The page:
That would be fine except there are predatory journals.

Predatory journals charge publishing fees to authors and have no review process with an editorial board. The publishers mimic titles, layouts, designs, and websites of reputable journals to give an appearance of authenticity. They may even list academics and experts on their editorial board without permission of the individual.

The information in predatory journals since it isn't reviewed can be bias, inaccurate, and, simply, made up.

Evaluate the information to ensure it is reliable.

Searching the Web is different than searching a library catalog and library databases because of the way search engines work and how they created their database.

However, there are ways to improve your searches.

Think like the writers of the webpages you want to find. Unlike library resources, you want to use words that would appear on that webpage.

Remember that algorithms are indexing the Web. A librarian isn't adding subjects and other descriptors to a record to help you find the information.

Be specific.

Use nouns and unique words specific to your research.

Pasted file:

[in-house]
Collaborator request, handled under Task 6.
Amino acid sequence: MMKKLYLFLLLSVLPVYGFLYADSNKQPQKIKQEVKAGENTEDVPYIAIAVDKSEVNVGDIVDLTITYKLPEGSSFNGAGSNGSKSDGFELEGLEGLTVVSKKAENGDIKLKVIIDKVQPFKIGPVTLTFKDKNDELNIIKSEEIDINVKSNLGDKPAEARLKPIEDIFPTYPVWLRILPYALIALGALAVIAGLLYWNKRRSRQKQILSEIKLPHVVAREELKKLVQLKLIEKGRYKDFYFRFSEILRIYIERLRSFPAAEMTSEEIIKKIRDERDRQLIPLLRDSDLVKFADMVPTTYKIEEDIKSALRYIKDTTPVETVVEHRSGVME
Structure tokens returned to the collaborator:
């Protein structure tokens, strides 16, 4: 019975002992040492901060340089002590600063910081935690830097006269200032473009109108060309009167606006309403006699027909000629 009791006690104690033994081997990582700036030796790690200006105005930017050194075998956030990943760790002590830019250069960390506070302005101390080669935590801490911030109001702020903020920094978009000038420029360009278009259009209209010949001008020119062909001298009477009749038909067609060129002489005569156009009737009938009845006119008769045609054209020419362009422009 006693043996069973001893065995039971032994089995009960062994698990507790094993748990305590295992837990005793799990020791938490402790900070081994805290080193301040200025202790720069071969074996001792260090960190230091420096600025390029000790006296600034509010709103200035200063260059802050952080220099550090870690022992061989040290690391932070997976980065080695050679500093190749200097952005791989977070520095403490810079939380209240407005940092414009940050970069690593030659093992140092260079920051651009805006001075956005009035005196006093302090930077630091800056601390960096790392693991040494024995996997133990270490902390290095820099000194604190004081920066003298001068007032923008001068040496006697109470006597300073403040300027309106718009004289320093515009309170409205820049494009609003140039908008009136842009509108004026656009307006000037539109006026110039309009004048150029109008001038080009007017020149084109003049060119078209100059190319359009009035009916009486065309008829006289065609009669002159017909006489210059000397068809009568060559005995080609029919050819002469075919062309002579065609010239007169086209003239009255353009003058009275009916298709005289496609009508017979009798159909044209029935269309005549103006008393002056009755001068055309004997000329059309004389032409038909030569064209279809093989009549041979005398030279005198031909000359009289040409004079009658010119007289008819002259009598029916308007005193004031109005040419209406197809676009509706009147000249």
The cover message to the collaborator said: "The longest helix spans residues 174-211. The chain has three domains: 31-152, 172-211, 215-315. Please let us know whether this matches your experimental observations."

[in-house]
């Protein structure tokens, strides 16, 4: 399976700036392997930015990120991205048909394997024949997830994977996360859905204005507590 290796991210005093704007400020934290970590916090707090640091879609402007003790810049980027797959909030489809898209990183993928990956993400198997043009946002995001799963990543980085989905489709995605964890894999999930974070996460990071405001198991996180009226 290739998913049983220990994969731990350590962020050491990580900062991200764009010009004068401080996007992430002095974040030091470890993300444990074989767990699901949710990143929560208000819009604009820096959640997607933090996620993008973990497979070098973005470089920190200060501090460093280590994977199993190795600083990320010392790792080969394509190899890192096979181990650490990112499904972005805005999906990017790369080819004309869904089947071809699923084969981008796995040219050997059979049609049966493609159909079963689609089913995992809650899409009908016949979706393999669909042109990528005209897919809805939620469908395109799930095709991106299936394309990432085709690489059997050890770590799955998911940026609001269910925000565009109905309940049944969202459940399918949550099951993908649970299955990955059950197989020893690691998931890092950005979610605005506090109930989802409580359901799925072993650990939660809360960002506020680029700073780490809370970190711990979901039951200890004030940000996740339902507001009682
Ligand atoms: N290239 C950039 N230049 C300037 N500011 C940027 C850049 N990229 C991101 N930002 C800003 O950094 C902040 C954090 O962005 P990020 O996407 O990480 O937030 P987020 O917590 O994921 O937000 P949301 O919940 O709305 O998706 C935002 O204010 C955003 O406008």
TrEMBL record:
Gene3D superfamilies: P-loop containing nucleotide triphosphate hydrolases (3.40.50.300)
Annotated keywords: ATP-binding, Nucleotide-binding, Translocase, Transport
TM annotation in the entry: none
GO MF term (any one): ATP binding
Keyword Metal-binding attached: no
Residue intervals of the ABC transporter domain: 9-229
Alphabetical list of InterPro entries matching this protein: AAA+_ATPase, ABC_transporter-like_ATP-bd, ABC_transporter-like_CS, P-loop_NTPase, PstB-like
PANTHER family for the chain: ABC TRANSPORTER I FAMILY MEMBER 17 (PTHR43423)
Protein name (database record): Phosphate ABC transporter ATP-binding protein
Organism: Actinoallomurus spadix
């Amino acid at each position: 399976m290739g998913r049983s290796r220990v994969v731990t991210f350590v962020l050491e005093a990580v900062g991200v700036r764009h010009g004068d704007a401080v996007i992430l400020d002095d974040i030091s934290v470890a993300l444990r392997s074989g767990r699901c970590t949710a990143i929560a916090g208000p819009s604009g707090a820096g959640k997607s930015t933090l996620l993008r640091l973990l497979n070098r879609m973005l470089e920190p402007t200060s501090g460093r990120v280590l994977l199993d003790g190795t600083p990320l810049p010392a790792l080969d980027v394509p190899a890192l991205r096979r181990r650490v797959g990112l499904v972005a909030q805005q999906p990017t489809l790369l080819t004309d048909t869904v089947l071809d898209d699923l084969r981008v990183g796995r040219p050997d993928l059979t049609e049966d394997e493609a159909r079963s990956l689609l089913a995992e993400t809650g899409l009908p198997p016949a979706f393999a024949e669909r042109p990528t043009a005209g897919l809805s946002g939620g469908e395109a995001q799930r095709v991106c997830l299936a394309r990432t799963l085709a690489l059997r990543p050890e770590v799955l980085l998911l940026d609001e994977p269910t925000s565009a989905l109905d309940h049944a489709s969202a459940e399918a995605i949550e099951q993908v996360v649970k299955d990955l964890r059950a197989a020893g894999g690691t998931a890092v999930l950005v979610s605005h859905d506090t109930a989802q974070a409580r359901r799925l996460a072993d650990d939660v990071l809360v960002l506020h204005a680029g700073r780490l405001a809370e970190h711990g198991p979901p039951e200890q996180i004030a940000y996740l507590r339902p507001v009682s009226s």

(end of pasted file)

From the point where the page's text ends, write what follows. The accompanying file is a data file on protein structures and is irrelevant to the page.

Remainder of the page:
Use multiple words.

For example, the topic "human morality in Star Wars" would have searches using morals, moral philosophy, ethics, movies, star wars ...

Use phrase searching.

Place quotes ("") around a string of words so the search engine searches for the phrase rather than each separate word.

For example, "Star Wars Epsiode VII"

Word order matters. Search engines pay attention to the order you enter words.

For example, Star Wars will retrieve different results than Wars Star.

Use a plus sign (+) in front of required words.

Search engines remove common words (e.g. an, and, the, I, where, what, how) from a search, so placing a plus sign in front of a common word it knows to keep it.

For example, star-wars may +the force

Use a minus sign (-) in front of words and/or domains to exclude them.

For example, star-wars -trek -com (Results with trek and .com webpages will not be retrieved.)

Also check the advanced search features of the search engine to discover more searching strategies.

Learn more by viewing the below video "Web Search Strategies in Plain English" by Lee & Sachi LeFever on The Commoncraft Show.

You have completed Module 6. You should now:

green check mark recognize the organization of the Web.

green check mark identify how search engines work.

green check mark recognize predatory journals.

green check mark create better search strategies for search engines.

You are ready for Module 7 - Evaluating Information.